By Lindy Lindell
Photos: Bob Ryder
Amid fallouts, rejected blood tests, and a sub-par performance by featured heavyweight Juan Goode, Darkside Boxing, a new fight group on the Motor City fight block, broke through with a lively, 6-bout card that had an appreciative crowd at Detroit’s Masonic Temple roaring their appreciation.
It was refreshing.
“Look,” one pundit pointed out: “The winners are coming out of different corners.”
The bouts were held in the mid-sized venue at the historic Masonic Temple, where earlier in the year a Showtime card and an ESPN match had been televised from auditoriums ranging from 3000+ to about 500. Last night’s card checked in the middle-sized venue of slightly less than 1500.
The show was sponsored in part by Ron Cameron’s Sports Talk (Cameron, a broadcasting institution in SE Michigan, pulled featured junior-middleweight Lane Staal from the show due to a draw two weeks before in which he had sustained a bad knockdown in a bout in Grand Rapids, but promises he will be on the next show on January 10); Mid-Michigan Boxing; and Tarick Salmaci Productions.
Promoter Nasser Beydoun told this reporter that inasmuch as Detroit boxing had fallen in a kind of rut over the last several years, he and his team wanted to bring local boxing back to something like its former glory of its days in the 1980s. In this fallow period, especially since 2000, with the death of, first, the Kronk Gym and then of the man closely associated with that iconic incubator of talent, Emanuel Steward, in 2012, Detroit boxing has become dreadfully predictable with not only the winners sure bets, but also the same opponents were ferried in whose losses had numbered into the double-digits in succession and who in some cases had never won a single round!
With this kind of negative atmosphere, Detroit began to lose its best fighters (National Golden Gloves champion Erick DeLeon signed with a major promoter and 2000 Heavy GG Champ, Lonnie Zaid had a stop-start career that netted him just five fights in more than a decade) to promoters and managers with an environment more conducive to developing talent.
Hopefully, with Darkstar and perhaps another group that is making soundings about promoting in Detroit in 2014, the Motor City will be in the business of producing horses that can finish the race.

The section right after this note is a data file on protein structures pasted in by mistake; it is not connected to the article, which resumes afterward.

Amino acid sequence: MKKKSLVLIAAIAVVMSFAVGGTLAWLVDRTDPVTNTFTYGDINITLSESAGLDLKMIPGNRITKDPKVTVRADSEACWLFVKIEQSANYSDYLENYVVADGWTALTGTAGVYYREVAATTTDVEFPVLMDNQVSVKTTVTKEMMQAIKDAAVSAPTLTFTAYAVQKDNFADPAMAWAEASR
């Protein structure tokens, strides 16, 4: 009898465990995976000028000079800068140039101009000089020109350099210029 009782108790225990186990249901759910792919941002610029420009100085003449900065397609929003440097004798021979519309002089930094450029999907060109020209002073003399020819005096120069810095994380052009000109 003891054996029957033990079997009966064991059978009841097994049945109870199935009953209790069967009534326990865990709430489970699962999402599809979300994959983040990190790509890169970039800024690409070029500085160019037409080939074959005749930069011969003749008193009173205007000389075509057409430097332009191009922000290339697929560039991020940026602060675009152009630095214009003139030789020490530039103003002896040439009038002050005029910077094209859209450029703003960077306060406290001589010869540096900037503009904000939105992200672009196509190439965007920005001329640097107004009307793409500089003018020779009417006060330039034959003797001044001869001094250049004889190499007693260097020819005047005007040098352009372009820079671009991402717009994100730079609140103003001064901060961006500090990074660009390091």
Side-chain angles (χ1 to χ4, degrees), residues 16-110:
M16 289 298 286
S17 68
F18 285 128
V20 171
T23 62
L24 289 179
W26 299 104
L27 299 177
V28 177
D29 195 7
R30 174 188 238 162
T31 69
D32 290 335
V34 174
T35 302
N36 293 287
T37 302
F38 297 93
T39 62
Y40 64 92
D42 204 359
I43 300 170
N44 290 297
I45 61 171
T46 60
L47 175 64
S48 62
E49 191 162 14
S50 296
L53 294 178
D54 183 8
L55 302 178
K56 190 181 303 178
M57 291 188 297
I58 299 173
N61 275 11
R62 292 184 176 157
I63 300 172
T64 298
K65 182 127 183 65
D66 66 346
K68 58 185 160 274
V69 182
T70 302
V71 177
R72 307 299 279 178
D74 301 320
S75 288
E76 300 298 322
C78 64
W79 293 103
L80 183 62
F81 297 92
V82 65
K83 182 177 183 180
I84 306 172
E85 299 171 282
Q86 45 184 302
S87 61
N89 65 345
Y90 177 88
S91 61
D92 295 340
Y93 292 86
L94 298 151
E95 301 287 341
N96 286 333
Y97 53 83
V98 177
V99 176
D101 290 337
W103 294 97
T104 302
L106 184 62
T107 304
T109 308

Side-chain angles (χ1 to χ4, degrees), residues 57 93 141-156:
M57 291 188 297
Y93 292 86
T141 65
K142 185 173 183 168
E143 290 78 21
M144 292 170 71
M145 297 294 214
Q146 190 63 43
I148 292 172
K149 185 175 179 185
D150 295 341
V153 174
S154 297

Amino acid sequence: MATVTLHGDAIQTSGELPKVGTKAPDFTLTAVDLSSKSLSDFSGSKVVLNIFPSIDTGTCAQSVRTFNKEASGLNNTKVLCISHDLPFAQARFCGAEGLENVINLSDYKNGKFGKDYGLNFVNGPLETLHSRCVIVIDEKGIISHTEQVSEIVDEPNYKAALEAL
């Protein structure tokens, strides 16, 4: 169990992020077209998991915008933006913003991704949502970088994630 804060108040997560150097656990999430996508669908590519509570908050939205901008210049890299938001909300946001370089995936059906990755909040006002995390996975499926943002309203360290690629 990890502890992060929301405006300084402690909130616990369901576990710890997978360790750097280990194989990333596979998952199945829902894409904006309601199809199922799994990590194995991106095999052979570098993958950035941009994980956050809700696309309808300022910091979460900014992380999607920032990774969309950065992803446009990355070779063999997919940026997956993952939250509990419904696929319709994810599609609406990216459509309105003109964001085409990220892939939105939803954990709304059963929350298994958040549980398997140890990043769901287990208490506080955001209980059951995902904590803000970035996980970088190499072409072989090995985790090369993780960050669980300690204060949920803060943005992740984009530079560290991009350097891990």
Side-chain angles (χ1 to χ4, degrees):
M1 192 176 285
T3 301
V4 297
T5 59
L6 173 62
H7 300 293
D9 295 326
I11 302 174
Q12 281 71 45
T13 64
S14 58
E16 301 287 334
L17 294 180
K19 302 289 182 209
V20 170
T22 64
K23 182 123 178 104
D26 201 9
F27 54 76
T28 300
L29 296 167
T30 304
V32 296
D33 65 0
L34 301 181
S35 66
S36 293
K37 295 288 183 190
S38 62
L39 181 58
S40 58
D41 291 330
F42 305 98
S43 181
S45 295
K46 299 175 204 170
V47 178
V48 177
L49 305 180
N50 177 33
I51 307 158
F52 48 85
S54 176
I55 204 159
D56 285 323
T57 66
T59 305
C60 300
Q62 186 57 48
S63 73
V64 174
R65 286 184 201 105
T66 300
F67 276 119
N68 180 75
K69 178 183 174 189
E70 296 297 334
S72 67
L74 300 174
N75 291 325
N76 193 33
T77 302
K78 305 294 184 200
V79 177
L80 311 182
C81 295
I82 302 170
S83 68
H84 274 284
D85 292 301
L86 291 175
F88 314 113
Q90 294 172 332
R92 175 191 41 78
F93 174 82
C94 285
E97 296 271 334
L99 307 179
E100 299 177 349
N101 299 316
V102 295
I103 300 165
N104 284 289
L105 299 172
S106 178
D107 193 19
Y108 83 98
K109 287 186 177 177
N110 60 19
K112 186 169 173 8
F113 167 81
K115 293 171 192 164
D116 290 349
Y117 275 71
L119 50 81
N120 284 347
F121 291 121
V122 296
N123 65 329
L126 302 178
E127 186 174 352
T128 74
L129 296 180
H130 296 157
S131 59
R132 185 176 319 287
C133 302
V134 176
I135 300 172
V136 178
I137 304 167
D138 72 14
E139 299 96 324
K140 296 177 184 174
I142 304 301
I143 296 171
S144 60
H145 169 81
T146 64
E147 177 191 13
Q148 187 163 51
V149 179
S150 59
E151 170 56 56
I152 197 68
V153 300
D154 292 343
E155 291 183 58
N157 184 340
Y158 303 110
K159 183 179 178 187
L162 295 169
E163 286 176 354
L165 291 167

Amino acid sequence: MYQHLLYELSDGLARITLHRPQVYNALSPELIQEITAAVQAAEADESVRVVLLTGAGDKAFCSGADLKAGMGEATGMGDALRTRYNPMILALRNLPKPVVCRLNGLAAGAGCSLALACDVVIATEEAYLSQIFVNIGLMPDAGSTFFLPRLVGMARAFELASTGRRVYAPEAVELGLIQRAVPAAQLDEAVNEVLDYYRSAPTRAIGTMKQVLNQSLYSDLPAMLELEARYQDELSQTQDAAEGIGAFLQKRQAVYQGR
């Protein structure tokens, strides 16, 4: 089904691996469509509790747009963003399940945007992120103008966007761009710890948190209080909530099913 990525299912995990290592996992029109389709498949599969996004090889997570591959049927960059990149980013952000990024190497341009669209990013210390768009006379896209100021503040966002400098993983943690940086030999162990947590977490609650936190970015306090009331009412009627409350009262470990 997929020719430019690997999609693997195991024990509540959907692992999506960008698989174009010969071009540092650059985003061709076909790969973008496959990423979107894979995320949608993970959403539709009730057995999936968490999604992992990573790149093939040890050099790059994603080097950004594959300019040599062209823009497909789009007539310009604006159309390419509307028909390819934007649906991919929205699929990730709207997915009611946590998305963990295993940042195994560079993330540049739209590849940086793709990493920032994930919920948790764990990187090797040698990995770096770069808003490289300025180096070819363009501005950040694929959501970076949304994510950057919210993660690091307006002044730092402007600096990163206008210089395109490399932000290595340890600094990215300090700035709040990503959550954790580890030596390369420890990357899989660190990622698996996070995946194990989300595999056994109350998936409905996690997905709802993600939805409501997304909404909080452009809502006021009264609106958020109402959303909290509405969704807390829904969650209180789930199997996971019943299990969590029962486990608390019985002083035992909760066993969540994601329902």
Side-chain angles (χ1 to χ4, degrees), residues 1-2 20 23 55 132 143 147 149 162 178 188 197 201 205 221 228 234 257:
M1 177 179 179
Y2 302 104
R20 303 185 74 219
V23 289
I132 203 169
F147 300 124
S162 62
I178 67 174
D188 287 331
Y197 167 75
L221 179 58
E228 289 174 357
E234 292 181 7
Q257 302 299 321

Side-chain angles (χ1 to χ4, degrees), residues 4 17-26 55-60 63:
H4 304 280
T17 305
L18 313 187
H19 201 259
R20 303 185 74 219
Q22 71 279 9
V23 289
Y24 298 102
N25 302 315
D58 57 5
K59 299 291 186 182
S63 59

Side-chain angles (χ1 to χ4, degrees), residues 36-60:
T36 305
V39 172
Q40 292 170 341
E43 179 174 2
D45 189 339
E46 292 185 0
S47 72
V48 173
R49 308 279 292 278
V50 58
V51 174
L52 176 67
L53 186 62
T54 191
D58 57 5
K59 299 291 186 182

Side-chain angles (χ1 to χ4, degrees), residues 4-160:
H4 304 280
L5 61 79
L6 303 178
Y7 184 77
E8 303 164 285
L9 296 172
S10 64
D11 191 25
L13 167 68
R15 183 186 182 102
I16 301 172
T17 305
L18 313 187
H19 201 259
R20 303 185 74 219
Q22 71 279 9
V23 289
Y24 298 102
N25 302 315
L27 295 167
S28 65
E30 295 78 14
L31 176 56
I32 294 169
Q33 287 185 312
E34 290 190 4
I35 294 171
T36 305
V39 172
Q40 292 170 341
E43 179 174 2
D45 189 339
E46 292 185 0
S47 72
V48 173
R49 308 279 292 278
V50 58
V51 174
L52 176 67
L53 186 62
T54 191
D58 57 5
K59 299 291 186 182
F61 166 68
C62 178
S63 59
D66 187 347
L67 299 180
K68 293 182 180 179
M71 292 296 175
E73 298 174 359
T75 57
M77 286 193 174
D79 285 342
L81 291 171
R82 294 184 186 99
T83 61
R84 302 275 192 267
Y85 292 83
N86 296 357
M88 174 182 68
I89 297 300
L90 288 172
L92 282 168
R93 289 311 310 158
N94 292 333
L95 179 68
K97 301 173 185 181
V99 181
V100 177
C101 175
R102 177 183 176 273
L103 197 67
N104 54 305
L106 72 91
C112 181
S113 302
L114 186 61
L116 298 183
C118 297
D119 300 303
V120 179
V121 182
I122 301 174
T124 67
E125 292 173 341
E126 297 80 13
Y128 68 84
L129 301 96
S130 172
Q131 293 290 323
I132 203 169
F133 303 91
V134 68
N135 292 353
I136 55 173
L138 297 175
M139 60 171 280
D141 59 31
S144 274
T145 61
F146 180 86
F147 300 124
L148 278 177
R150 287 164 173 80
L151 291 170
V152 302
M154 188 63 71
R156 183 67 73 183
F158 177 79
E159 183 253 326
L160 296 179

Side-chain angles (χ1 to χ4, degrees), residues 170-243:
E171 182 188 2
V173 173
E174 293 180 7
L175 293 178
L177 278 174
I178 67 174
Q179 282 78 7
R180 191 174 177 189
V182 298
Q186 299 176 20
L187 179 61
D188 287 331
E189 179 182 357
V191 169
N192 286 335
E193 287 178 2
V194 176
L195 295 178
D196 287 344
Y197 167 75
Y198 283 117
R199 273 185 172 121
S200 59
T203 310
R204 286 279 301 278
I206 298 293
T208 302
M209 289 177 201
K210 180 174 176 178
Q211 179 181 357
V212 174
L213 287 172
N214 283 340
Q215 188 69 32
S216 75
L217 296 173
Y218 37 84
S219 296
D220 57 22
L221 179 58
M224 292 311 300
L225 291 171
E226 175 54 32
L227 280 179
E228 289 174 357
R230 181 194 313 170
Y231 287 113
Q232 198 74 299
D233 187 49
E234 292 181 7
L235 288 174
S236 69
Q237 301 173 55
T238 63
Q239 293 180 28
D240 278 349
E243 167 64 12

To say that featured boxer, heavyweight Juan Goode’s performance, was a disappointment is an understatement. Matched with the inactive 4-6 plodder Sam Comming, Goode, who tuned with an easy win two months ago after an 18-month layoff, showed little of the boxing ability and none of the power he had wowed this journalist with in building up to 5-0 (all knockouts) in previous fights. Against Comming, Goode won easily enough, but after two rounds, Comming seemed to gain confidence and Goode didn’t have much for him in attempting to blunt his advances beyond a good defense. Both fighters seemed enervated by the 10-second warning ending the 4-round fight, and flailed away to the delight of the crowd.
All bouts were four-rounders except for a scheduled six involving featherweight Ahmed Majed Mahmood, 1-0-1, Basra, Iraq (fighting out of Detroit) stopping a game Matthew Jacob Soto, Wyoming, MI, in two. Matchmaker Ira Kendrick had his job hampered by fallouts, but he was happy to put two undefeated light-heavies together, with Toledo fighter Paul Parker, 6-0, smashing Detroiter Dwayne Williams to the canvas with a right and stopping him in the third. Williams, 3-1, did not react to rights to the face in the first two rounds and Parker muscled up in the third, floored his man, badly shaking him and the fight was stopped seconds after Williams arose.
In other action, Rick Graham, Detroit, and Peter Bianca, Toronto, junior-middleweights, battled to a spirited draw, in a contest of pro-debuters; Antonio Urista, a 3-0 Detroit junior-middle, outscored a pro-debuting Mponda Kalunga, Toronto, who did a serviceable imitation of Muhammad Ali (a cornerman was wearing an Ali t-shirt) until he had to come down off his toes and fight; and in a second battle of pro-debuters, Ali Eljami, Detroit, was bested by Tony Brooks, Sterling Heights, the difference being a knockdown scored by Brooks in the third.
World-renowned referee, Frank Garza, who judged the card this evening, button-holed me at the end of the evening. “I want to go on record,” he said. “This was the best card I’ve seen in Michigan this year.” Point taken.